Social Interaction in People With Autism: The Link Between Anxiety and Social Communication Deficits
Individuals with Autism exhibit “abnormalities in social and communication development, in the presence of marked repetitive behavior and limited imagination” (American Psychiatric Association [APA], 1994). One of the most prominent issues for people with Autism is their tendency to experience difficulties in social interaction. They tend to lack conversational skills, find it difficult participate in social events and are often seen to behave in a generally strange manor (Kanne, Christ, & Reiersen, 2009). The reason for this lack of social interaction is unclear. It is possible that people with Autism are simply not interested in social interaction, however it is more plausible that this lack of social interaction is due to heightened anxiety in social situations.
Research has identified that those with significant Autistic-like traits are more prone to loneliness. Loneliness implies that these individuals are not content in being by themselves and are experiencing negative feelings as a result (Bauminger, Shulman, & Agam, 2003). Furthermore, research has illustrated that many individuals with Autism have expressed a desire to develop friendships and sexual relationships (Jobe & White, 2007). These results indicate a desire to engage in social activities; therefore it seems likely that this avoidance of social interactions is due to elevated anxiety rather than disinterest.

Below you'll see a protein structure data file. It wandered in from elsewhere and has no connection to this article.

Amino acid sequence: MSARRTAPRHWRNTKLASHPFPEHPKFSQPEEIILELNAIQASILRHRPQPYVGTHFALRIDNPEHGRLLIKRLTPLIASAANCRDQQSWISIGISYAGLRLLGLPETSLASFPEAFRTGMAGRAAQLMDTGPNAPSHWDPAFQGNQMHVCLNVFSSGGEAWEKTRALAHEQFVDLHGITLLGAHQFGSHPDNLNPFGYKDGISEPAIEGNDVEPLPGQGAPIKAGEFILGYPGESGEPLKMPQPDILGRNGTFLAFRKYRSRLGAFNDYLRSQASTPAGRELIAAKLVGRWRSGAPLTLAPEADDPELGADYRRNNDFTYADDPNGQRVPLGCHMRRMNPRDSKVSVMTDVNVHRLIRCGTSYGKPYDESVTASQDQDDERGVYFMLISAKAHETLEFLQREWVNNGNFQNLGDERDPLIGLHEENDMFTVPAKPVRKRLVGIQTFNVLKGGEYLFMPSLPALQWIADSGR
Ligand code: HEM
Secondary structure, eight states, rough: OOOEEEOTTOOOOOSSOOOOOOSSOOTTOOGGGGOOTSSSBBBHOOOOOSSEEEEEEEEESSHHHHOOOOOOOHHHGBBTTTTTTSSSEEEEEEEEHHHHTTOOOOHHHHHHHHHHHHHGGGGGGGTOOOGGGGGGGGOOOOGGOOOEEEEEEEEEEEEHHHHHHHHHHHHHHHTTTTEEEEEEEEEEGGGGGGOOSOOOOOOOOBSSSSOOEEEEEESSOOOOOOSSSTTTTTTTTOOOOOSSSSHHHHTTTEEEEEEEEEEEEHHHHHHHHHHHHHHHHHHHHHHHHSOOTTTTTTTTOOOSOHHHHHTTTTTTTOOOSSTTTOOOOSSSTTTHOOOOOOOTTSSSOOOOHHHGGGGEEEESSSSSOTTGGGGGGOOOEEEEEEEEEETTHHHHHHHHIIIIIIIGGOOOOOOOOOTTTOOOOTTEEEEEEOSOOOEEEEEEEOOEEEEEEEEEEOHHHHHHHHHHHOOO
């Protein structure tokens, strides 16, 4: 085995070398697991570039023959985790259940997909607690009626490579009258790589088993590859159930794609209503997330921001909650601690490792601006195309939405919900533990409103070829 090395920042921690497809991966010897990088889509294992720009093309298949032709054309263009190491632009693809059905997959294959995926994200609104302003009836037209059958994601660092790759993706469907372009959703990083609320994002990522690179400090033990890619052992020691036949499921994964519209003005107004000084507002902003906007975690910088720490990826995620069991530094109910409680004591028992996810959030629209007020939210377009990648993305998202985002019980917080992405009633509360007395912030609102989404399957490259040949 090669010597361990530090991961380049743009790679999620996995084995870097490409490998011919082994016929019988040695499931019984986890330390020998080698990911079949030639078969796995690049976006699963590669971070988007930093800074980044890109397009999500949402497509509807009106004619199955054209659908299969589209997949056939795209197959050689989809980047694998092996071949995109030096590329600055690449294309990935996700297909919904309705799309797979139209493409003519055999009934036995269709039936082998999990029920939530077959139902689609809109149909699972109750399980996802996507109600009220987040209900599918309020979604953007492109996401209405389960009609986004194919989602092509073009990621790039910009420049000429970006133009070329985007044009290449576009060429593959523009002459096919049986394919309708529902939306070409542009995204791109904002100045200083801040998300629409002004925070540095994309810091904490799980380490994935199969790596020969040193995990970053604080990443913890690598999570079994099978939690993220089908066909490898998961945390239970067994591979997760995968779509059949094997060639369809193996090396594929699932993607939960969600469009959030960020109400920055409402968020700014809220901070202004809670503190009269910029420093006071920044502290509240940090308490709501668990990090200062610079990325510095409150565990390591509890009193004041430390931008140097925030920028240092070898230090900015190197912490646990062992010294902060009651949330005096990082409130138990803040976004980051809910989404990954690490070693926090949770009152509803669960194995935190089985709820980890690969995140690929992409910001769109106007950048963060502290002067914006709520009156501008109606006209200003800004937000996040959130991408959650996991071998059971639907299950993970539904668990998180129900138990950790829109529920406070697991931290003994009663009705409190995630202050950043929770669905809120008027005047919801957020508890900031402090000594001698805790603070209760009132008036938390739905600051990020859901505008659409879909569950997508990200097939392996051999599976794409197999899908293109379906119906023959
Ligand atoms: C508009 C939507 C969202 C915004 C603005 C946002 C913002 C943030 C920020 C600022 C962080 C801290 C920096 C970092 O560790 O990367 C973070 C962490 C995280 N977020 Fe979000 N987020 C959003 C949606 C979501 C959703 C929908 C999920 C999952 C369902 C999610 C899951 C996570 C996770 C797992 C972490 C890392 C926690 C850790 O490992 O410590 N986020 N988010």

One recent study compared the anxiety levels in children with autism, with the anxiety levels of two control groups. The results indicated that the children with autism had “considerably higher” anxiety than the control groups (Gillott, Furniss & Walter, 2001). An alternative study examined the link between autism and anxiety in adolescents. Similarly, the results indicated significantly higher anxiety in people with autism. Both studies listed a limited sample size as a limitation, and...